Research by Subject: Genealogy
DNA & Genealogy
General Overview -
What You Can Expect -
Keep in mind that this is a new science. What is true today may be different with new discovery.
There are competing factors and priorities in DNA testing.
Some companies are primarily interested in "deep genealogy"
- tracking the human genome by increasing data for science to use
Some companies are primarily interested in profits. They sell tests and they often over-sell what
can actually be learned by those tests.
Some companies genuinely want to make science and genealogy work together but in many
cases the people running things do not have enough genealogy experience to realize what
is valuable to making the study really work. They are so focused on the DNA / science side that
they ignore the other half of genealogy which is the research that finds the documents and story.
How DNA testing for Genealogists works.
The DNA that is tested is often referred to as "junk DNA." A more precise description is "noncoding" DNA.
Some scientists suggest you think of the strand of DNA like a television show During the show there is a break in programming for a commercial These breaks are not the part of our DNA material that give coded information (such as your medical history or medical future).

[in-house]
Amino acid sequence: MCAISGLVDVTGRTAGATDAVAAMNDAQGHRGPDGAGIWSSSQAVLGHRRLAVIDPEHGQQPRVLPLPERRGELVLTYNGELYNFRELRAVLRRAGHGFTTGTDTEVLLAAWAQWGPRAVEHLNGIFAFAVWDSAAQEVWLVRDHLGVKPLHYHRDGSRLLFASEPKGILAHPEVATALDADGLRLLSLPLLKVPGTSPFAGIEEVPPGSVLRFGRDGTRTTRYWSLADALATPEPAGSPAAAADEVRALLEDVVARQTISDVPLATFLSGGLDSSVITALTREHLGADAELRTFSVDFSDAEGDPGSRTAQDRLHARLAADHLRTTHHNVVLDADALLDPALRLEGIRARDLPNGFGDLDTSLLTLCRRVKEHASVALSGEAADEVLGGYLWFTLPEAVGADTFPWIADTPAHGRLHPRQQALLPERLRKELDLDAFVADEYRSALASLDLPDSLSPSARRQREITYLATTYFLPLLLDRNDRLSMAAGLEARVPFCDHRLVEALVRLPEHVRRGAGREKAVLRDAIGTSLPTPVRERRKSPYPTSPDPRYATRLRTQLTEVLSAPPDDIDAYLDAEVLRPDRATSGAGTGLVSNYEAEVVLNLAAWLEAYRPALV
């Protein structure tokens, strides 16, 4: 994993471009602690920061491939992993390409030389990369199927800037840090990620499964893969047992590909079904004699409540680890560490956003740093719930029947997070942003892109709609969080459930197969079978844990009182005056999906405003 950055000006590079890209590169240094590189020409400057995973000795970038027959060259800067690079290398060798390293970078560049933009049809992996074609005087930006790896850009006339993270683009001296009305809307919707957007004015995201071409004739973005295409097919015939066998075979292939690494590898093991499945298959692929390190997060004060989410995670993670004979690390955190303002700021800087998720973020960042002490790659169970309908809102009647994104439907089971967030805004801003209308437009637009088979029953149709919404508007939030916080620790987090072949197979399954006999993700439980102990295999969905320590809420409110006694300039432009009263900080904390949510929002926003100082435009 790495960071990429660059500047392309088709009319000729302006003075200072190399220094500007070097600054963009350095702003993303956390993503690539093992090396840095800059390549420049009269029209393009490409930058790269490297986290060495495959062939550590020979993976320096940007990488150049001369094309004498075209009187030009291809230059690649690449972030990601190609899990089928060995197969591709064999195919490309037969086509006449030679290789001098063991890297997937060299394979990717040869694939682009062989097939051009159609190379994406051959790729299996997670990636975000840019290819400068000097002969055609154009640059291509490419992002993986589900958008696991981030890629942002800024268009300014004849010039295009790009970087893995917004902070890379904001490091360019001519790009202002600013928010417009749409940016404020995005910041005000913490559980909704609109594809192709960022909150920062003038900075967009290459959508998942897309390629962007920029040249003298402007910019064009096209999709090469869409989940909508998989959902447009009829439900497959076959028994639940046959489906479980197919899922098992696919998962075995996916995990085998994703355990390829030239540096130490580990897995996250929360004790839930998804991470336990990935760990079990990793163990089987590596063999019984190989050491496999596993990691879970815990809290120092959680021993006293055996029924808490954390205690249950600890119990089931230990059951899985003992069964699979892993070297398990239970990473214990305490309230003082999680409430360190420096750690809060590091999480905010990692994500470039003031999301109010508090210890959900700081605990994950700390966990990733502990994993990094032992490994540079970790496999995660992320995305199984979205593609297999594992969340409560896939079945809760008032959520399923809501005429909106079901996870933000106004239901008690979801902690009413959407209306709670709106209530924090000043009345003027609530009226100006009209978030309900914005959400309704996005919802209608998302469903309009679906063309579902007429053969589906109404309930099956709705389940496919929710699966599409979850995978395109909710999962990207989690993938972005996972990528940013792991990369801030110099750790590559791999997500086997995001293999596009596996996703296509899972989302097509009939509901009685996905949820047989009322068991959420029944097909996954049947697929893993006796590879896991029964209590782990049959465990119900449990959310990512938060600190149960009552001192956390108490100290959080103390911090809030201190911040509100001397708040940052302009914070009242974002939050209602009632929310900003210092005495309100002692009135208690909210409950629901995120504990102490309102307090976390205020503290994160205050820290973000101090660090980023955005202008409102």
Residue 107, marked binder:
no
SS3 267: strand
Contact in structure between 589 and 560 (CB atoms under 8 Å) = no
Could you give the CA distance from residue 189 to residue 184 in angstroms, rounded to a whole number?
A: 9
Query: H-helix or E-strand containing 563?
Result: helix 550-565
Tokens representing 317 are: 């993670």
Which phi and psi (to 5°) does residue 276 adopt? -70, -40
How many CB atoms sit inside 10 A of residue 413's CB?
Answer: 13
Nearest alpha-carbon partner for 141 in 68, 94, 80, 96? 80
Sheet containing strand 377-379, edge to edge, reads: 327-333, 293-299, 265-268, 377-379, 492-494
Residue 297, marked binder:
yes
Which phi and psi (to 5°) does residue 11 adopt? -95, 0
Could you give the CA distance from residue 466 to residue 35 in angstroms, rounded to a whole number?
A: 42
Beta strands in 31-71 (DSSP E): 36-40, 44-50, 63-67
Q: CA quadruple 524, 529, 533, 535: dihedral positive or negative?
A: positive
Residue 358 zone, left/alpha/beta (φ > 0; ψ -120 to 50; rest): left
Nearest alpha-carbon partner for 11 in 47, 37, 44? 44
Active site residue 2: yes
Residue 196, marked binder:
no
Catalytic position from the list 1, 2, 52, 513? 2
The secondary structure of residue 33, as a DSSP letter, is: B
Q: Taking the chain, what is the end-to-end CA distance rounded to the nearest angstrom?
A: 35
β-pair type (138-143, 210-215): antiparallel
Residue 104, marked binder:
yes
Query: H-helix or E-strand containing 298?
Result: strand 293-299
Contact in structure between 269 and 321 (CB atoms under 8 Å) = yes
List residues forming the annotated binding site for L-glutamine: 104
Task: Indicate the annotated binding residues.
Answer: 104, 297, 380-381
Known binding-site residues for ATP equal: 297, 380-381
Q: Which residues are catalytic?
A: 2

There may more to discover about the purpose of "junk DNA" but for now one
of its primary interests has to do with our past. It carries the story
of of our lines for thousands of years.
We get two sets chromosomes.
One set of 23 pairs from Mom. One set of 23 pair from Dad. 46
Total. Every cell in our bodies has these in its nucleus.
Men carry XY Women carry XX
Your mother can only give you her X chromosome. Your
dad can pass along his X (which makes you female) or his Y (which makes you
DNA "unzips" and replicates itself. If it didn't do a good job at this we might be born with three arms etc.
It usually does the proper job but Y-DNA often has
slight copying changes. For genetic genealogists these are known as
MARKERS and help identify that you are more closely related to Frederick
Mt-DNA (Mitrochondrial) (my-toe-CON-dree-uhl) - maternal
MtDNA changes very slowly and does not provide so many changes in markers as
Y-DNA. For this reason your MtDNA test may show an exact match with a
woman in Cincinnati but you can't tell if your common female ancestor was
three generations ago or hundreds of years ago.